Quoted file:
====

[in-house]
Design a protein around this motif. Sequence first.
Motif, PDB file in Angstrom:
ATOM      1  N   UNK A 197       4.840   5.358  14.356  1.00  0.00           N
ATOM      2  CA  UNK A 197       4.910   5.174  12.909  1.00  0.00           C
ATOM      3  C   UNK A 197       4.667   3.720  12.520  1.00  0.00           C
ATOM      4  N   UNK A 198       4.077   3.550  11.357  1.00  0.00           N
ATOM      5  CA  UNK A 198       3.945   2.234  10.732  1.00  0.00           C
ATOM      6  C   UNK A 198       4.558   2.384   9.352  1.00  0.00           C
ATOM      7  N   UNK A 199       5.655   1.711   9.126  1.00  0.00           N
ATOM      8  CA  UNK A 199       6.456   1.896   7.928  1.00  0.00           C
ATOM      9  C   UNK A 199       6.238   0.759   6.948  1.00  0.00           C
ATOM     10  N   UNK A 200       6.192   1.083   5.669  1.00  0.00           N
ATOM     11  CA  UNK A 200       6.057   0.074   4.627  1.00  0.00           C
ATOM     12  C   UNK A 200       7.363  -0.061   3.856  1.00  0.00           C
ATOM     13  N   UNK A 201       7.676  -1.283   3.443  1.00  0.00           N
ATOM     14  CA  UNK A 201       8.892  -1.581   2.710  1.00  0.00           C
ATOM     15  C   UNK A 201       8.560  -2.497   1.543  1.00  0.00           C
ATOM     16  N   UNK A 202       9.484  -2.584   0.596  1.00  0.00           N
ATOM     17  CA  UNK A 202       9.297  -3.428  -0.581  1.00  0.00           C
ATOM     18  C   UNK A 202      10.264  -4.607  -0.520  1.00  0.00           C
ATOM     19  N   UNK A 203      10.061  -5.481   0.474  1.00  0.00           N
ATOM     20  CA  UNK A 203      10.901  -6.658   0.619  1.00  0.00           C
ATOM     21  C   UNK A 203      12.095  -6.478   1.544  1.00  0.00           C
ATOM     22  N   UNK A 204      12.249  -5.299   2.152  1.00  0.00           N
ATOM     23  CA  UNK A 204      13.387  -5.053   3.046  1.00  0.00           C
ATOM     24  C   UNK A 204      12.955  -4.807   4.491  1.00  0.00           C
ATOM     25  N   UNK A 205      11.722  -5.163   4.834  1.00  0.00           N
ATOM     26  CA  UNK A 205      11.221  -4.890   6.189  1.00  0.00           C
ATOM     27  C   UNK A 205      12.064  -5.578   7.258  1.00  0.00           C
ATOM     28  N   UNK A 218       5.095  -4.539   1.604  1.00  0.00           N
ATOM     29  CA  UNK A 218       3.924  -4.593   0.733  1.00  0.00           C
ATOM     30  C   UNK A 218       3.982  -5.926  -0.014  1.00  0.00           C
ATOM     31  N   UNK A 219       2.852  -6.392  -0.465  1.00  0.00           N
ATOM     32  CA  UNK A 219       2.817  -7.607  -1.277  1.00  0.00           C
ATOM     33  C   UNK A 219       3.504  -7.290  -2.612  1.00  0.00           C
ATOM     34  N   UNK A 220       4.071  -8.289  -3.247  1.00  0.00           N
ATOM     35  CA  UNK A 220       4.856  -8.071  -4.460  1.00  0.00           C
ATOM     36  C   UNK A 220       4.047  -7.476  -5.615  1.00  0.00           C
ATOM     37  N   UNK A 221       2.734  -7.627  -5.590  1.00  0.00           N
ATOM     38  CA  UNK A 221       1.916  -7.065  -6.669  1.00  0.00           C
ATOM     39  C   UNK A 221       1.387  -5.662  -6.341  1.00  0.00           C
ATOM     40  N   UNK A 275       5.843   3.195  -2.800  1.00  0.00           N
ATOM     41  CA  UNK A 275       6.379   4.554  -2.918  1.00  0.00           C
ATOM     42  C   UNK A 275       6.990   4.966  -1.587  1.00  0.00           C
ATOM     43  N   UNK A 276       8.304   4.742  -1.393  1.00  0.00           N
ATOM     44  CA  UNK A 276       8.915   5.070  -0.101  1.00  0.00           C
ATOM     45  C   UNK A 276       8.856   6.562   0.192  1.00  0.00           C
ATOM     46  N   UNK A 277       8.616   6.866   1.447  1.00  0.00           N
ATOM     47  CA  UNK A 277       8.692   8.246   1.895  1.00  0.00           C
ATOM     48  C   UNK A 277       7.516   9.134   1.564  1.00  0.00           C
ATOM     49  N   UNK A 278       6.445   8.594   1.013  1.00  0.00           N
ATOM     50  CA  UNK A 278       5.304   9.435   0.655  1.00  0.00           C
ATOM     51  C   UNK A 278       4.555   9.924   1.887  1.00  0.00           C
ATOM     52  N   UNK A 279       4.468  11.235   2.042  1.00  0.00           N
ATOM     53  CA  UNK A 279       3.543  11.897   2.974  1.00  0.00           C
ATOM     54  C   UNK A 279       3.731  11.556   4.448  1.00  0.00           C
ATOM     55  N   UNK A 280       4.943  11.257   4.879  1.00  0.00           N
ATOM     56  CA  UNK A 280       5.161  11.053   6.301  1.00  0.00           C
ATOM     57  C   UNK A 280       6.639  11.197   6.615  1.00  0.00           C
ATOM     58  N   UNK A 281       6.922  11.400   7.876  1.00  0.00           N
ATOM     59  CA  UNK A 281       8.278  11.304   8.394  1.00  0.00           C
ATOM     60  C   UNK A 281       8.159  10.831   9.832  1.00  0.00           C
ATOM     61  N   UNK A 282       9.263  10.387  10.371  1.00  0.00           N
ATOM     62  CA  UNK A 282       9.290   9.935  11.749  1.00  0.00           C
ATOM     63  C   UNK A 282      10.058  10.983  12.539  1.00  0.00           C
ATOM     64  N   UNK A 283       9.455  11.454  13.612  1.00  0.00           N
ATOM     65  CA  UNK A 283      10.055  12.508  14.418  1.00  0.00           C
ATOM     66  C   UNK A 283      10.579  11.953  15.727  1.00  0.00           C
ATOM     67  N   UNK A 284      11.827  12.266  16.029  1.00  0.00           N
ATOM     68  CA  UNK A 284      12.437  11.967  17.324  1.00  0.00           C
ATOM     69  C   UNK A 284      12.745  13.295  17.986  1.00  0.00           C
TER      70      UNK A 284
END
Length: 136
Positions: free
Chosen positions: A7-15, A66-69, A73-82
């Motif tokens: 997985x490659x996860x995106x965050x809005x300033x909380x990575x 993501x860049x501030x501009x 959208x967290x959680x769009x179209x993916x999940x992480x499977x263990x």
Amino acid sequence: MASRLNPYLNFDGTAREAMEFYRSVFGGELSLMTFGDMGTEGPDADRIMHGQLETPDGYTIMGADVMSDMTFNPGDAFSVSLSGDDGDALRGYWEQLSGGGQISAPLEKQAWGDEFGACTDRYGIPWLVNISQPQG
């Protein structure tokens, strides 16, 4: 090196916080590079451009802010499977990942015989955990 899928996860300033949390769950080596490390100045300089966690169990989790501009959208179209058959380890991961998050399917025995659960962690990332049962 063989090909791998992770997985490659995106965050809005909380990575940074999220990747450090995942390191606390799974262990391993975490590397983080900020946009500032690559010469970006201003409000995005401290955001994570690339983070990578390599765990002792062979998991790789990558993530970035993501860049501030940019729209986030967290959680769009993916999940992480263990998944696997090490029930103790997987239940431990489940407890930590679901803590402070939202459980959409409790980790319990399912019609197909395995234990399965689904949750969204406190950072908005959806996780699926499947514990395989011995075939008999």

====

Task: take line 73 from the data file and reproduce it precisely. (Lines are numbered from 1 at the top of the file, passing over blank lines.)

TER      70      UNK A 284